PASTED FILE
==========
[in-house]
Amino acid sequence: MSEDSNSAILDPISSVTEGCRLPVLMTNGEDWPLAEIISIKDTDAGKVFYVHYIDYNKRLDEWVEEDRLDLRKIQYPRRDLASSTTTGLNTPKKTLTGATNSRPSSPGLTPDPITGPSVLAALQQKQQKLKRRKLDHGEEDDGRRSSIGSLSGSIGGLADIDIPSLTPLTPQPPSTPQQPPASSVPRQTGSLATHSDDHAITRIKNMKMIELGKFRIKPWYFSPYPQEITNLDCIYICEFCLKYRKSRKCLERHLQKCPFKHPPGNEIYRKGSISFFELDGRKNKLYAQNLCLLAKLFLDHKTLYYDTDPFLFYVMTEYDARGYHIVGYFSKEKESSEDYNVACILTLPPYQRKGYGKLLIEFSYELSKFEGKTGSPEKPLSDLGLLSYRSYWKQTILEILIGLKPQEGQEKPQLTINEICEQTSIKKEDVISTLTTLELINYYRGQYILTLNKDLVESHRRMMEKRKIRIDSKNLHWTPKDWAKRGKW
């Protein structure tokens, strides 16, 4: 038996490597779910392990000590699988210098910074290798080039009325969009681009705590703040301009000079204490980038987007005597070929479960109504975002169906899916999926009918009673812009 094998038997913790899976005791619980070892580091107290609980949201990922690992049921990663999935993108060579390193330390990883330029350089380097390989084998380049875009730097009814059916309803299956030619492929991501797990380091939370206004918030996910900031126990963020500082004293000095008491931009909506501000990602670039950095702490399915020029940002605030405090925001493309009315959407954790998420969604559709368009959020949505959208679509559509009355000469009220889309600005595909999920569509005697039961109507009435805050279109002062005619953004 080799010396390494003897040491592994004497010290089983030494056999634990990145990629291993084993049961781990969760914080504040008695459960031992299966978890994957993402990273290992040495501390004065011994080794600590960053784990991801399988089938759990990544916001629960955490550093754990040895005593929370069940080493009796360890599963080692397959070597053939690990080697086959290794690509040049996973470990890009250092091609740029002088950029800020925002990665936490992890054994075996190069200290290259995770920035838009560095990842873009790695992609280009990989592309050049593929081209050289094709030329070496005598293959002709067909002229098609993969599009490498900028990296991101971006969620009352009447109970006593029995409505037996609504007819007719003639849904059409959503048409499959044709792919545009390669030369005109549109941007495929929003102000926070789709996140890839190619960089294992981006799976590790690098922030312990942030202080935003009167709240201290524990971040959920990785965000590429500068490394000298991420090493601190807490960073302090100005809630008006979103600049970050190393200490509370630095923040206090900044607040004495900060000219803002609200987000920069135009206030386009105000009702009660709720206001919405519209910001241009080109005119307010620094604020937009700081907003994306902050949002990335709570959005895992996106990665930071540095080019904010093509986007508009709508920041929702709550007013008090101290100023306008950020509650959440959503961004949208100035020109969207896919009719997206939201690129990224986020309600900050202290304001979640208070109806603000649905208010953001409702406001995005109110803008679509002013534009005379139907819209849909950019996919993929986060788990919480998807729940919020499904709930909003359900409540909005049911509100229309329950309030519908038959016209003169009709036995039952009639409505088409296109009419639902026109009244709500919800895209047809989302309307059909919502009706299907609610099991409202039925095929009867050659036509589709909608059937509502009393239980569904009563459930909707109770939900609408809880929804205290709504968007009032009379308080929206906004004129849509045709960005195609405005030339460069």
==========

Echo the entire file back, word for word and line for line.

[in-house]
Amino acid sequence: MSEDSNSAILDPISSVTEGCRLPVLMTNGEDWPLAEIISIKDTDAGKVFYVHYIDYNKRLDEWVEEDRLDLRKIQYPRRDLASSTTTGLNTPKKTLTGATNSRPSSPGLTPDPITGPSVLAALQQKQQKLKRRKLDHGEEDDGRRSSIGSLSGSIGGLADIDIPSLTPLTPQPPSTPQQPPASSVPRQTGSLATHSDDHAITRIKNMKMIELGKFRIKPWYFSPYPQEITNLDCIYICEFCLKYRKSRKCLERHLQKCPFKHPPGNEIYRKGSISFFELDGRKNKLYAQNLCLLAKLFLDHKTLYYDTDPFLFYVMTEYDARGYHIVGYFSKEKESSEDYNVACILTLPPYQRKGYGKLLIEFSYELSKFEGKTGSPEKPLSDLGLLSYRSYWKQTILEILIGLKPQEGQEKPQLTINEICEQTSIKKEDVISTLTTLELINYYRGQYILTLNKDLVESHRRMMEKRKIRIDSKNLHWTPKDWAKRGKW
């Protein structure tokens, strides 16, 4: 038996490597779910392990000590699988210098910074290798080039009325969009681009705590703040301009000079204490980038987007005597070929479960109504975002169906899916999926009918009673812009 094998038997913790899976005791619980070892580091107290609980949201990922690992049921990663999935993108060579390193330390990883330029350089380097390989084998380049875009730097009814059916309803299956030619492929991501797990380091939370206004918030996910900031126990963020500082004293000095008491931009909506501000990602670039950095702490399915020029940002605030405090925001493309009315959407954790998420969604559709368009959020949505959208679509559509009355000469009220889309600005595909999920569509005697039961109507009435805050279109002062005619953004 080799010396390494003897040491592994004497010290089983030494056999634990990145990629291993084993049961781990969760914080504040008695459960031992299966978890994957993402990273290992040495501390004065011994080794600590960053784990991801399988089938759990990544916001629960955490550093754990040895005593929370069940080493009796360890599963080692397959070597053939690990080697086959290794690509040049996973470990890009250092091609740029002088950029800020925002990665936490992890054994075996190069200290290259995770920035838009560095990842873009790695992609280009990989592309050049593929081209050289094709030329070496005598293959002709067909002229098609993969599009490498900028990296991101971006969620009352009447109970006593029995409505037996609504007819007719003639849904059409959503048409499959044709792919545009390669030369005109549109941007495929929003102000926070789709996140890839190619960089294992981006799976590790690098922030312990942030202080935003009167709240201290524990971040959920990785965000590429500068490394000298991420090493601190807490960073302090100005809630008006979103600049970050190393200490509370630095923040206090900044607040004495900060000219803002609200987000920069135009206030386009105000009702009660709720206001919405519209910001241009080109005119307010620094604020937009700081907003994306902050949002990335709570959005895992996106990665930071540095080019904010093509986007508009709508920041929702709550007013008090101290100023306008950020509650959440959503961004949208100035020109969207896919009719997206939201690129990224986020309600900050202290304001979640208070109806603000649905208010953001409702406001995005109110803008679509002013534009005379139907819209849909950019996919993929986060788990919480998807729940919020499904709930909003359900409540909005049911509100229309329950309030519908038959016209003169009709036995039952009639409505088409296109009419639902026109009244709500919800895209047809989302309307059909919502009706299907609610099991409202039925095929009867050659036509589709909608059937509502009393239980569904009563459930909707109770939900609408809880929804205290709504968007009032009379308080929206906004004129849509045709960005195609405005030339460069």